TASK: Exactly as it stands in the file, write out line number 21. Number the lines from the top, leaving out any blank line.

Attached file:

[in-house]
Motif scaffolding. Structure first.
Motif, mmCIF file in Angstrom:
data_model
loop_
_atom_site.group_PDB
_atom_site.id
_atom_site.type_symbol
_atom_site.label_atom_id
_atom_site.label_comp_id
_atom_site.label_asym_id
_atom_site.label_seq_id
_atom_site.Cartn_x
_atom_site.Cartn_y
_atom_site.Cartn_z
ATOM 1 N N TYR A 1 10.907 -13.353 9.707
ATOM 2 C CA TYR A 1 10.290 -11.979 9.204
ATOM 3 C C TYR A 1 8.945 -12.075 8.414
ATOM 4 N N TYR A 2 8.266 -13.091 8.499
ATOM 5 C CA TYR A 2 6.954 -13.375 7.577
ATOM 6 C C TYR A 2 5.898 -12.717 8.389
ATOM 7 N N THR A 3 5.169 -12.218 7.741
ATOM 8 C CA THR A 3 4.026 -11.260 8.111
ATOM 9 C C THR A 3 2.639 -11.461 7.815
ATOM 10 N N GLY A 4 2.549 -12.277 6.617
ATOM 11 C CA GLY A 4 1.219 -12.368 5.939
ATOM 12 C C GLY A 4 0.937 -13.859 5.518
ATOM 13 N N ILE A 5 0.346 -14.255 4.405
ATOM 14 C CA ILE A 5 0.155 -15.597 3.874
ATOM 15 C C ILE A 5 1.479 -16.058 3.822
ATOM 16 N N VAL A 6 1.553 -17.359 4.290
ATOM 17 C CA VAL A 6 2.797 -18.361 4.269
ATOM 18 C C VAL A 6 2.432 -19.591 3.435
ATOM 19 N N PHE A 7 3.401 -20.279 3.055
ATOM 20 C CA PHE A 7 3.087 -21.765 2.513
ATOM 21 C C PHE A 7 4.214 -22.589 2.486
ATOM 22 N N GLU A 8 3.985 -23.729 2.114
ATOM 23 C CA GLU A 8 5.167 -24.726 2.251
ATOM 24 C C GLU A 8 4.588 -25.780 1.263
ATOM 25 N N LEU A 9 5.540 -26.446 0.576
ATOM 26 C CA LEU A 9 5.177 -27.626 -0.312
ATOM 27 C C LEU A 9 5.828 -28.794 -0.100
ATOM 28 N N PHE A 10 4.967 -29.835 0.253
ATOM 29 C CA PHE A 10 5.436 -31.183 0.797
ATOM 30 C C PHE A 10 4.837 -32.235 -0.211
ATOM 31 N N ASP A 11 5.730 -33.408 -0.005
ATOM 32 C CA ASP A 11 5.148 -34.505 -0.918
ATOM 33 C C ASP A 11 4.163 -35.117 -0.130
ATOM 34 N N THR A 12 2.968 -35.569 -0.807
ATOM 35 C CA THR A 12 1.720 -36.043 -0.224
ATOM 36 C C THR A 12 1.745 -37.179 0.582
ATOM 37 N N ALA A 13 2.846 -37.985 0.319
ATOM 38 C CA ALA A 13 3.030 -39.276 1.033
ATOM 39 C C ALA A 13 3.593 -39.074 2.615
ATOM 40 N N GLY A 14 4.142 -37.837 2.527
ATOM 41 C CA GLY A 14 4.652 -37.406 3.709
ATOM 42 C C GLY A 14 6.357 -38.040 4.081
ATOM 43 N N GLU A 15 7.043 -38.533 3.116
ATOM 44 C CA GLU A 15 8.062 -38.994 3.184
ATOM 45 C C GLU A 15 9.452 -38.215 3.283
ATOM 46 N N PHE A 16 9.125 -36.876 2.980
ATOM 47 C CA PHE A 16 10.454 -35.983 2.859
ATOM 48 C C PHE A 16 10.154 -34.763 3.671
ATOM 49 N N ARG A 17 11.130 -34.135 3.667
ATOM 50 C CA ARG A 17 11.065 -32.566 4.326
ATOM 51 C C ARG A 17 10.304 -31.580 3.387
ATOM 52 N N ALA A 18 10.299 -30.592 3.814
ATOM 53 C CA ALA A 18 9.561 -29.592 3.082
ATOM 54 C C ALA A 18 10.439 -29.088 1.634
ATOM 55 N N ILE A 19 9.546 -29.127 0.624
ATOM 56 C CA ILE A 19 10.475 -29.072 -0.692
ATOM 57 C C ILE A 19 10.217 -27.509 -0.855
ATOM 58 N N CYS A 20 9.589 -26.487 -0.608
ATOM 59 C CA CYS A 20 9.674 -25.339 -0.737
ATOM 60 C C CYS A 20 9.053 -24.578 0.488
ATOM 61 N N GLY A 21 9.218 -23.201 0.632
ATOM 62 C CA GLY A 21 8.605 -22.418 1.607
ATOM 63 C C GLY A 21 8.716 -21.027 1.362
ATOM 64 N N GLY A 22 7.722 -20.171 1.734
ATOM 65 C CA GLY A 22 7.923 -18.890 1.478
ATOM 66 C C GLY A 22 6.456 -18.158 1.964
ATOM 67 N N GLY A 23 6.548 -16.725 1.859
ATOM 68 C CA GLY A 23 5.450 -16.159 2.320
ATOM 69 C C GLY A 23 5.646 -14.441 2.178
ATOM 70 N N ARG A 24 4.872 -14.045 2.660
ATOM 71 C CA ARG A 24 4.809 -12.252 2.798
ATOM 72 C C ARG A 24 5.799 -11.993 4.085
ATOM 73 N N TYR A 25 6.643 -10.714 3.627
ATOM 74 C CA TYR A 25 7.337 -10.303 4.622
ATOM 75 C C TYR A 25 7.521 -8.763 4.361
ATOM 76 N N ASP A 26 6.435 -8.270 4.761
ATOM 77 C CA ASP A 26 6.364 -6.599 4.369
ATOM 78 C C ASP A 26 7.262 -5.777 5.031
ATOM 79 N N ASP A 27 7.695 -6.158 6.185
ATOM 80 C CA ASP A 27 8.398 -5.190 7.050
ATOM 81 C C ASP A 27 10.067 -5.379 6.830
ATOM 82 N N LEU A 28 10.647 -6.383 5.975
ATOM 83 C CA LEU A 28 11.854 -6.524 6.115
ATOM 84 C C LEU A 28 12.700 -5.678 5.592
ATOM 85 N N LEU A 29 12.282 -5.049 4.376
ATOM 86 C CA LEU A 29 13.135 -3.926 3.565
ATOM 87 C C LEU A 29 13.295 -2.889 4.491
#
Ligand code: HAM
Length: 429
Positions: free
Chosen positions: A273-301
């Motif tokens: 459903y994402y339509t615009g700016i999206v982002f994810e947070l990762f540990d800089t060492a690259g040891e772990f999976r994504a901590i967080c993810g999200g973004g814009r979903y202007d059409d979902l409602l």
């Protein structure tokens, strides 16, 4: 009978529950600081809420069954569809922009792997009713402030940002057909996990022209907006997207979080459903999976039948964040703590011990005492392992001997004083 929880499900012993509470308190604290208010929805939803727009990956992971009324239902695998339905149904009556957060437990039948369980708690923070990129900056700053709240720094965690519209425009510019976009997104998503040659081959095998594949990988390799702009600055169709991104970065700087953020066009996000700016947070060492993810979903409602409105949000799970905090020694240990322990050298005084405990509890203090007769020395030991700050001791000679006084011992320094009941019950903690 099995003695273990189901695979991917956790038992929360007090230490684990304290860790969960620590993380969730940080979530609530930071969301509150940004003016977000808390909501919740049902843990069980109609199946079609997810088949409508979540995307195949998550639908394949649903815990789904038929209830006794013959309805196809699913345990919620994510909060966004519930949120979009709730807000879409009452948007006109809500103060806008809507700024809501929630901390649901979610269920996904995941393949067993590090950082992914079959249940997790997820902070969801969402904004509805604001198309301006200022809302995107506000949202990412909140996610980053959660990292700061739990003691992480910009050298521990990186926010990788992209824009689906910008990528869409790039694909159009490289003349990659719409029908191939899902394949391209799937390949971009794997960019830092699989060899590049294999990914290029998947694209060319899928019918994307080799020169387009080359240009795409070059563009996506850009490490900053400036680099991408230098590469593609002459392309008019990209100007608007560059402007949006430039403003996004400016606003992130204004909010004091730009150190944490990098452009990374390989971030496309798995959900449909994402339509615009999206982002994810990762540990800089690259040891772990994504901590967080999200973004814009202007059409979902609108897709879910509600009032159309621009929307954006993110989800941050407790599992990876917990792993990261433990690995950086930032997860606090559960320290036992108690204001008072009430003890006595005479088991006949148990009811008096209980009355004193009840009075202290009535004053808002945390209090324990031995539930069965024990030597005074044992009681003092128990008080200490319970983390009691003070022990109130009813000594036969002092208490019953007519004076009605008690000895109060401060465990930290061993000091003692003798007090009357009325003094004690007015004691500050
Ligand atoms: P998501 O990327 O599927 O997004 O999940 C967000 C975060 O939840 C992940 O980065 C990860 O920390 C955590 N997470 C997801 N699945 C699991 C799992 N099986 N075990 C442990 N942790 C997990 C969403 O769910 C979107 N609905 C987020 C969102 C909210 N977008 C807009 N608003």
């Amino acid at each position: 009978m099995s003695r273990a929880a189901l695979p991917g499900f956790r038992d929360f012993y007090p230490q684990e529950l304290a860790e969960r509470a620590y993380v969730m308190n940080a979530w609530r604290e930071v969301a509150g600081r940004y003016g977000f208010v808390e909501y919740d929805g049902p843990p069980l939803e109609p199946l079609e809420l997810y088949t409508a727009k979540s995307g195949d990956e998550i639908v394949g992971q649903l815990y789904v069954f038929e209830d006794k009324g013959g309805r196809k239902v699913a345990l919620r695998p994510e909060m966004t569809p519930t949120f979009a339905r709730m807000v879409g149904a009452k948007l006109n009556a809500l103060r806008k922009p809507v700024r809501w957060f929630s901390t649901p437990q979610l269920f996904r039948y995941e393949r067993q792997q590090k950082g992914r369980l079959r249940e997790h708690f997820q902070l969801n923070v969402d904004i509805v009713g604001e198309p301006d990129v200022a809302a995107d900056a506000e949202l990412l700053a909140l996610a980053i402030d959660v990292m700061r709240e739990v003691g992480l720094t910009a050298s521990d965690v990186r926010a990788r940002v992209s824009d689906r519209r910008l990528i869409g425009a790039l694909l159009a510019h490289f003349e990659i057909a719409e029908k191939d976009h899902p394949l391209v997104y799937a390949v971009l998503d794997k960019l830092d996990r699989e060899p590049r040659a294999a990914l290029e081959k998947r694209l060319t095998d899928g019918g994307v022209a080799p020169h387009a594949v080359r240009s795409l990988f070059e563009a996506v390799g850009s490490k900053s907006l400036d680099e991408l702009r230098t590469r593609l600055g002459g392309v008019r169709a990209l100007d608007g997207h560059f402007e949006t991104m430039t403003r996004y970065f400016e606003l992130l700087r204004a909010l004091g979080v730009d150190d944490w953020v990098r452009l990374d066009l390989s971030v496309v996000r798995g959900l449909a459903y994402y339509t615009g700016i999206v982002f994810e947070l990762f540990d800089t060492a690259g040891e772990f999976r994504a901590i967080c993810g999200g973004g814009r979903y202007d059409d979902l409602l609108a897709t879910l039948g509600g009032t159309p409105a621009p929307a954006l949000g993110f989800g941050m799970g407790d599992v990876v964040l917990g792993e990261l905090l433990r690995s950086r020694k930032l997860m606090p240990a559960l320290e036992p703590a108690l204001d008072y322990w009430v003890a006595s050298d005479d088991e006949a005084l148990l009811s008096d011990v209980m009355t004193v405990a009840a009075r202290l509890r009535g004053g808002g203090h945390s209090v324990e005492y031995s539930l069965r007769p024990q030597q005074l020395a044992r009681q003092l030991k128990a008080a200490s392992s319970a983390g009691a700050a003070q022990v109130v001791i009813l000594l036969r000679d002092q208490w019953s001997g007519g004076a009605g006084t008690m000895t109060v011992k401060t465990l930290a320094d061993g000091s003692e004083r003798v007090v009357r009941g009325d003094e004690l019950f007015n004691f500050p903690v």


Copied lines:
ATOM 6 C C TYR A 2 5.898 -12.717 8.389